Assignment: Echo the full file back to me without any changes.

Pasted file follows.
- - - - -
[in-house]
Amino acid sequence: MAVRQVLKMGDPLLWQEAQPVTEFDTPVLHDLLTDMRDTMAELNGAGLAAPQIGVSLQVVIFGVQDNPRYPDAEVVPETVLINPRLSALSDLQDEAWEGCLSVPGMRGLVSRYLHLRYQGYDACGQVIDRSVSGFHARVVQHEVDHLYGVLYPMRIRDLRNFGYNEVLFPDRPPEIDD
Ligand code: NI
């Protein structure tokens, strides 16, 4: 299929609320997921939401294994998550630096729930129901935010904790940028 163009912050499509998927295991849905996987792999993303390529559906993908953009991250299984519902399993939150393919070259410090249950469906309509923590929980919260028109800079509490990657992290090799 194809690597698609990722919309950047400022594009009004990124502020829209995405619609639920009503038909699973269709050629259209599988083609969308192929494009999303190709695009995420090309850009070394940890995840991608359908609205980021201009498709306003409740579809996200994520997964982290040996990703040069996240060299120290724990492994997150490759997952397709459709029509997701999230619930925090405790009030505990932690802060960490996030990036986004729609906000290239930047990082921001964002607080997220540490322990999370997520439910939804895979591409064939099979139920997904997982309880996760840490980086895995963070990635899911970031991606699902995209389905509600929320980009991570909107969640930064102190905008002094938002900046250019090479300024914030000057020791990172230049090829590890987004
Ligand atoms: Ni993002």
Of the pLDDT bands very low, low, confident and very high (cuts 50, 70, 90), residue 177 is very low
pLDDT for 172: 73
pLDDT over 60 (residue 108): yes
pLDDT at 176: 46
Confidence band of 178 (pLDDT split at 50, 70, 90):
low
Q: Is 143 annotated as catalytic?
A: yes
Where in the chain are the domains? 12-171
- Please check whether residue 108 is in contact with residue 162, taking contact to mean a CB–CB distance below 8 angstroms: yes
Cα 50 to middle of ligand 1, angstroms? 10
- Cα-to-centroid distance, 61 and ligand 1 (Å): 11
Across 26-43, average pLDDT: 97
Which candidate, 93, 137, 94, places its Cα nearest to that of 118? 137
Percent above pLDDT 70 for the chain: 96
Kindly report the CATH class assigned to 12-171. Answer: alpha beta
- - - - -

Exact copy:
[in-house]
Amino acid sequence: MAVRQVLKMGDPLLWQEAQPVTEFDTPVLHDLLTDMRDTMAELNGAGLAAPQIGVSLQVVIFGVQDNPRYPDAEVVPETVLINPRLSALSDLQDEAWEGCLSVPGMRGLVSRYLHLRYQGYDACGQVIDRSVSGFHARVVQHEVDHLYGVLYPMRIRDLRNFGYNEVLFPDRPPEIDD
Ligand code: NI
């Protein structure tokens, strides 16, 4: 299929609320997921939401294994998550630096729930129901935010904790940028 163009912050499509998927295991849905996987792999993303390529559906993908953009991250299984519902399993939150393919070259410090249950469906309509923590929980919260028109800079509490990657992290090799 194809690597698609990722919309950047400022594009009004990124502020829209995405619609639920009503038909699973269709050629259209599988083609969308192929494009999303190709695009995420090309850009070394940890995840991608359908609205980021201009498709306003409740579809996200994520997964982290040996990703040069996240060299120290724990492994997150490759997952397709459709029509997701999230619930925090405790009030505990932690802060960490996030990036986004729609906000290239930047990082921001964002607080997220540490322990999370997520439910939804895979591409064939099979139920997904997982309880996760840490980086895995963070990635899911970031991606699902995209389905509600929320980009991570909107969640930064102190905008002094938002900046250019090479300024914030000057020791990172230049090829590890987004
Ligand atoms: Ni993002």
Of the pLDDT bands very low, low, confident and very high (cuts 50, 70, 90), residue 177 is very low
pLDDT for 172: 73
pLDDT over 60 (residue 108): yes
pLDDT at 176: 46
Confidence band of 178 (pLDDT split at 50, 70, 90):
low
Q: Is 143 annotated as catalytic?
A: yes
Where in the chain are the domains? 12-171
- Please check whether residue 108 is in contact with residue 162, taking contact to mean a CB–CB distance below 8 angstroms: yes
Cα 50 to middle of ligand 1, angstroms? 10
- Cα-to-centroid distance, 61 and ligand 1 (Å): 11
Across 26-43, average pLDDT: 97
Which candidate, 93, 137, 94, places its Cα nearest to that of 118? 137
Percent above pLDDT 70 for the chain: 96
Kindly report the CATH class assigned to 12-171. Answer: alpha beta